I'm trying to generate a 0-20mA signal for controlling an industrial actuator (the position of a 3-way valve) from a Teensy 3.2 system. Preferably, the mA-output should be galvanically isolated from the microcontroller to protect it properly.

In order accomplish that, I currently have a setup, where I am sending a PWM signal (at ~488Hz) from the teensy through a 4N26M optotransistor (4N26M datasheet).

The output of the 4N26M is sent through a RC filter into a TI XTR117 Current Loop Transmitter (XTR117 datasheet). This chip controls the current in a separate current loop sourced from a 24V PSU coupled in series with the actuator, which is controlled with the current signal. I measured an internal resistance of 100 ohms in the actuator. According to the datasheet, the XTR117 generates an output current which is a factor 100 higher, than the input current going into (pin 2) I_in. Therefore, the input on pin 2 needs to be between 0 mA and 20mA/100 = 0.2 mA to provide an output of 0-20mA.

The XTR117 features a regulated 5V line (V_reg) on pin 8 relative to pin 3 (I_ret). A pull-up to this line ensures a 5V output of the optocoupler, when it is in the ON mode.

The collector to emitter saturation voltage of the optotransistor is 0.5V according to the datasheet. When the optotransistor is "open", a voltage of 4.5V at pin5 of the 4N26M is expected. This means, that a current through R3 and R4 in the RC filter at 4.5V/22.5kΩ = 0.2mA is expected, which means an output of 100*0.2mA = 20mA in the main current loop. See the schematic below: Schematic

However, there are two problems in the circuit:

  1. When the PWM duty cycle is 100% (LED on in optocoupler) an output of approx. 2mA is generated, and not 0. I suspect that this is due to the saturation voltage of 0.5V in the optocoupler. At 0.5V, the current into XTR117 pin3 should be 0.5V/22.5kΩ = 0.02mA which should correspond to 100*0.02 ≈ 2mA on the output side. However, I can't think of a good design to avoid this scenario. What can be done?

  2. When the duty cycle is 0% (LED off), a measured output of 19.9mA is generated, which is acceptable in this scenario. However, the signal seems to be unstable, as the controlled valve is turning a bit back and forth all the time. But when I touch with a finger at the joint between R3 and R4, the problem is not visible (valve position is stable). This effect can be replicated every time. So what is the effect of touching it, and how can I implement that in the circuit?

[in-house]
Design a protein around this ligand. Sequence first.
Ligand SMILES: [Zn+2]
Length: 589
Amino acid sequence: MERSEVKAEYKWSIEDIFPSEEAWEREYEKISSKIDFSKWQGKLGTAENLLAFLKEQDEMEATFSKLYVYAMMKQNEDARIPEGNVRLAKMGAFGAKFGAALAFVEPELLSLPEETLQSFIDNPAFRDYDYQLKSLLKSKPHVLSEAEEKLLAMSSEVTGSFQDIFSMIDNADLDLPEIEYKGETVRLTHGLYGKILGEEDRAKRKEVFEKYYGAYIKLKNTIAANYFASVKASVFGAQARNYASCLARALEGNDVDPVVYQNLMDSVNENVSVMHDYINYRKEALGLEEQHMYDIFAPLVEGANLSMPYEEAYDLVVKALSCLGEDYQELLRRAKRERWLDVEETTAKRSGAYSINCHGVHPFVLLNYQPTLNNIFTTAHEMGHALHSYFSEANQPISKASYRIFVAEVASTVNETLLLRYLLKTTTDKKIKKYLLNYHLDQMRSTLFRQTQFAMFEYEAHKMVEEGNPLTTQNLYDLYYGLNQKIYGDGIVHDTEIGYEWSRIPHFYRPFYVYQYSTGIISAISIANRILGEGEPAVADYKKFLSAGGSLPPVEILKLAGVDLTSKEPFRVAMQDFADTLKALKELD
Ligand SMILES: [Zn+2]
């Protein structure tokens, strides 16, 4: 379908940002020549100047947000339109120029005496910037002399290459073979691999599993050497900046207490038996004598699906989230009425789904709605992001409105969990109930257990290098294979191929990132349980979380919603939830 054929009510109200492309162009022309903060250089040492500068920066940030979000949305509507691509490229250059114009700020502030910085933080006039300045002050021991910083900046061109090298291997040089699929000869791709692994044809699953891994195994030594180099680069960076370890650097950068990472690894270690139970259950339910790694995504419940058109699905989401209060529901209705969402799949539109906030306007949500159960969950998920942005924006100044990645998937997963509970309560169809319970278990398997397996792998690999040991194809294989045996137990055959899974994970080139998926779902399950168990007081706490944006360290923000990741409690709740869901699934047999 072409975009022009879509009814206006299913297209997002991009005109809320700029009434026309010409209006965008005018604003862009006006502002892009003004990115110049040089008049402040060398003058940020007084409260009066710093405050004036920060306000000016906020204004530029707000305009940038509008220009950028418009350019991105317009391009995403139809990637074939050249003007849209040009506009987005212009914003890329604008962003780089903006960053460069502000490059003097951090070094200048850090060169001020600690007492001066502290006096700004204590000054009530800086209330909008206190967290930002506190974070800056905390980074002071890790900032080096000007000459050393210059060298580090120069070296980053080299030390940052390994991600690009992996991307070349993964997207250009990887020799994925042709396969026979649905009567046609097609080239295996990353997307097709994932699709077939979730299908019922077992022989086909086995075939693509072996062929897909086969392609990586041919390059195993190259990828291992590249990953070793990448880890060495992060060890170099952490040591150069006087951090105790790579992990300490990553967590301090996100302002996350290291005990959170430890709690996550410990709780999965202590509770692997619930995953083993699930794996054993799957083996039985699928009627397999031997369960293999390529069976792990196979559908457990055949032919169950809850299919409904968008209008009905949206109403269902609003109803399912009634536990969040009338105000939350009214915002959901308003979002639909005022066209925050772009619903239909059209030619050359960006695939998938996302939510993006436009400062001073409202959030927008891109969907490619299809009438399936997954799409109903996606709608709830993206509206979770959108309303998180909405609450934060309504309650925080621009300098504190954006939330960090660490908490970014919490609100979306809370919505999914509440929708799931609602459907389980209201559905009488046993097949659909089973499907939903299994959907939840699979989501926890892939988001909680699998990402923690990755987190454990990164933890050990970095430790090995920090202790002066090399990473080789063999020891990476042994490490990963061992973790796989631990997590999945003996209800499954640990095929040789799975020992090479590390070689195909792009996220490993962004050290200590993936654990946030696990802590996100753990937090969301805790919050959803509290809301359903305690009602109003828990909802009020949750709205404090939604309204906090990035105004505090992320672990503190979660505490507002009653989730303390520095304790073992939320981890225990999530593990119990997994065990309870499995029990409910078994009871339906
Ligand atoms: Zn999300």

I hope I'm making sense! Also, if you suggestions for completely different components, which can generate the desired signal, they are more than welcome!


2 Answers 2

  1. Add a CMOS logic gate after the optocoupler/R2. That will buffer the output and the voltage will be more accurate and the time constant will be the same for on vs. off.

  2. split R4+R3 approximately evenly (11K-ish) and put the capacitor to IRET in the middle. You're not really filtering the current input well by putting the capacitor where it is. The time constant will be the parallel combination of the two times the capacitance, so about 5500 ohms * 1uF or about 5 or 6ms. Adjust capacitance as required. I'm guessing 47uF or 100uF might be a better choice for a mechanical valve actuator. You probably want the ripple to be less than the hysteresis in the actuator control loop.

  3. Consider replacing the optocoupler with a logic-output type (eg. 6N137) which will be much faster (so a more true representation of the PWM on the isolated side), but retain the above two suggestions (unless the optocoupler has a CMOS output- the cheaper older ones tend to be bipolar).

  4. If you use the logic output optoisolator, you might want to consider upping the PWM frequency to a few kHz to reduce the size of the filter capacitor so a ceramic part can be used (and it will respond a bit faster).

  • \$\begingroup\$ Thanks a lot for your answer! I don't quite understand why splitting R4+R3 evenly and putting the cap in the middle provides better filtering - can you maybe elaborate on that? (Just for the sake of understanding. I'm not an electronics engineer :-) ) \$\endgroup\$ Jan 10, 2020 at 9:49
  • 1
    \$\begingroup\$ capacitors smooth signals by resisting voltage changes, the voltage change at the Iin pin is very small, so the capacitor can't smooth it out much, \$\endgroup\$ Jan 10, 2020 at 23:48
  • \$\begingroup\$ Jasen's explanation is good for intuitive feel, plus consider mathematically if it's the parallel combination of the split resistor parts it will be maximized (for a given total resistance) when the resistor is split in two and minimized when either part is zero. If one resistor is R*(1-a) and the other R*a for 0 <= a <=1 then Rp = a*(1-a)*R, which is maximized when d/da(Rp) = 0, which is when a = 0.5. \$\endgroup\$ Jan 11, 2020 at 0:38

The problem is that the optocouipler current must flow from the vreg of the controller. 5V into 2.3K is about 2mA. that current is comiing from the 4-20mA loop - so there's your minimum 2mA

to fix:

Swap the opto-coupler output and R2

This will invert the sense of the optocoupler, so that when the optocoupler is off it calls for less current in the loop, but now it's backwards to how it was. You can cure that in software, or:

re-wire the optocoupler input to be between +5V and R1 instead of between R1 and ground.


simulate this circuit – Schematic created using CircuitLab

A neat thing about optocouplers is that don't need to be grounded on either side.

Now with the PWM at 100% the optocoupler is off and no current is taken from Vreg, this causes Iin to go low turning off the loop current.


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